Climbing the hill in Phnom Penh

A street corner in Phnom Penh
Downtown Phnom Penh
Central Phnom Penh
Small buddha
Sam Bo made a big splash
See no evil...
Danger high voltage
Nom nom nom
Owning the sidwalk
It's the red (ass) that does it

Taking the bus to Phnom Penh, a six hour journey, the same as when you travel by boat, but at a seventh of the price. The road is excellent and the bus reasonably comfortable.

On the bus, I sat next to a Khmer lady, wearing cap, sunglasses, longsleeves and gloves (when outside), who spoke more than passable English. She managed the (apparently) only five star hotel in Siem Reap, frequented mostly by Japanese, Taiwanese and Koreans. The rooms go for around 250 USD per night.
A conservationist, a Khmer guy who worked on restoring one of the temples in the Roluos group, earned 40 USD per month.

My first impressions of Phnom Penh were not as good as I hoped. True, the place still has a bit of a colonial feel to it, but the whole city is rather run down, without the vibe a city like Maputo has, of which Phnom Penh reminded me on a few occasions.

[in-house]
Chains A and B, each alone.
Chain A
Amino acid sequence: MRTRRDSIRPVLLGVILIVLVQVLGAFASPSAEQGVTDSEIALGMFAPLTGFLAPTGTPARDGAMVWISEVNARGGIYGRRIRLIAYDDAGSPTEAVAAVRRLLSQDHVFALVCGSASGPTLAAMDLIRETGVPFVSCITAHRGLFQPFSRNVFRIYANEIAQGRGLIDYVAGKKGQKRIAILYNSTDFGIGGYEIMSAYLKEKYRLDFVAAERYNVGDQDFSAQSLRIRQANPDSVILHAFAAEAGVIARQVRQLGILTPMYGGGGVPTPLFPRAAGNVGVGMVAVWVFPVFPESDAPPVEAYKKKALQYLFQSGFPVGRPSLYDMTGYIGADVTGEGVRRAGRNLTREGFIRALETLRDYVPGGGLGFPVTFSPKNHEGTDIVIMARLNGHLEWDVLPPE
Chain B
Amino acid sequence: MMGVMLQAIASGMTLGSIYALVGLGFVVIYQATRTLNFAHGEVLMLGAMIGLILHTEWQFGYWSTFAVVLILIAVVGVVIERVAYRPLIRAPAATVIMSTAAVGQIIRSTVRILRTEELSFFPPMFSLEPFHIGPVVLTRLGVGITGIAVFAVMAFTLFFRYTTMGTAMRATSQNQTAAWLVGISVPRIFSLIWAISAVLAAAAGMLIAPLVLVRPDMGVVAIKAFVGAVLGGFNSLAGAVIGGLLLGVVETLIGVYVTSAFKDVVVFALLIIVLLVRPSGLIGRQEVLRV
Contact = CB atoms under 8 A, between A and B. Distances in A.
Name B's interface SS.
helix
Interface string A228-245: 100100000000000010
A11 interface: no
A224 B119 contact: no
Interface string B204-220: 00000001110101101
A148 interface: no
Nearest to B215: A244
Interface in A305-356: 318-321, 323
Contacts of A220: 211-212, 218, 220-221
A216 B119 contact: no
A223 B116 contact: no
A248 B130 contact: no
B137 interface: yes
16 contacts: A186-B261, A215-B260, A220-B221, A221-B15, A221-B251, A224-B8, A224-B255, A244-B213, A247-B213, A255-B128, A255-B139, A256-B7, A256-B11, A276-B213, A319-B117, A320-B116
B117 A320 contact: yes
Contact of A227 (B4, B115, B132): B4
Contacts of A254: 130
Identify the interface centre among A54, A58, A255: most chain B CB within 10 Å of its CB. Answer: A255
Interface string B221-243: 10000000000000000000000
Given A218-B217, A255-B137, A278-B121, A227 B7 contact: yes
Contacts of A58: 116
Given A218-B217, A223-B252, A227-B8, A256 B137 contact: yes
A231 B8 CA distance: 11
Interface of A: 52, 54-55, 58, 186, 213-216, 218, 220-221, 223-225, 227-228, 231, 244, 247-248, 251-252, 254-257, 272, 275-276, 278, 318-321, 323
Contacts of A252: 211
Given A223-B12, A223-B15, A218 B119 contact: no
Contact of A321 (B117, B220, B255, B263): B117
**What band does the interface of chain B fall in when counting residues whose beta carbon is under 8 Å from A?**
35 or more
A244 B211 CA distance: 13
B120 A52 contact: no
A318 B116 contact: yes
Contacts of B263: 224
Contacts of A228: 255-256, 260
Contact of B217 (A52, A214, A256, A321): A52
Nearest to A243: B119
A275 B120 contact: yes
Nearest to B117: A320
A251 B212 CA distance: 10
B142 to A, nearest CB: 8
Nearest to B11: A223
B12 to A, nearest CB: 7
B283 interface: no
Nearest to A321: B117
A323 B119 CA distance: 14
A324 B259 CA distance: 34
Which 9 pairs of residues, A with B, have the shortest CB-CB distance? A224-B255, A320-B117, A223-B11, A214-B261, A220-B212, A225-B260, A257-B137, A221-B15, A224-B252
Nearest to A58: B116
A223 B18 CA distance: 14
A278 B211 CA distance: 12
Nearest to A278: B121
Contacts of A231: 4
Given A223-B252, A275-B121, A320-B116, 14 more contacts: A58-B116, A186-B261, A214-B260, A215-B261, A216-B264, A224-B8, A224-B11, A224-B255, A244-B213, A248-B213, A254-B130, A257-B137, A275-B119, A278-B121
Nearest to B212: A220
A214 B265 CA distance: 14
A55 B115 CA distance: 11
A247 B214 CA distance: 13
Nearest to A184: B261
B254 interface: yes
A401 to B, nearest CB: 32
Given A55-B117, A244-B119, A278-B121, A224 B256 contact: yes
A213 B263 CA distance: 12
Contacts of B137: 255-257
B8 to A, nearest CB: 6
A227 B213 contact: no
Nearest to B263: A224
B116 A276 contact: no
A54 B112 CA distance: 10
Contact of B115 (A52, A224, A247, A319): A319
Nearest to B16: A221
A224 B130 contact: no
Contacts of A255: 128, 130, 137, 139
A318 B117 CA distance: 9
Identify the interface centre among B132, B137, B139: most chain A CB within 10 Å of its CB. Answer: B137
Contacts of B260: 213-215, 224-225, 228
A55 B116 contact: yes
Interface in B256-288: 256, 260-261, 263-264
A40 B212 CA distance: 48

My guesthouse, the Woolly Rhino, is on the waterfront of the Tonle Sap river. And that whole waterfront, lined with tourist oriented bars and restaurants, is a bit sad. Most of the actual waterfront is shielded off by a two meter high metal fence.

I visited Wat Phnom, which means ‘hill temple’, on the only hill in the city. Supposedly, the first temple in town, built by a lady called Penh (indeed) in 1373, after four buddha statues washed up in her home due to a flood.
Besides the beggars and kids selling water, an elephant called Sam Bo hangs around, as well as scores of monkeys. Some of the girls were wearing a t-shirt which read “I could be your son”.

Related:  These were the nine months that were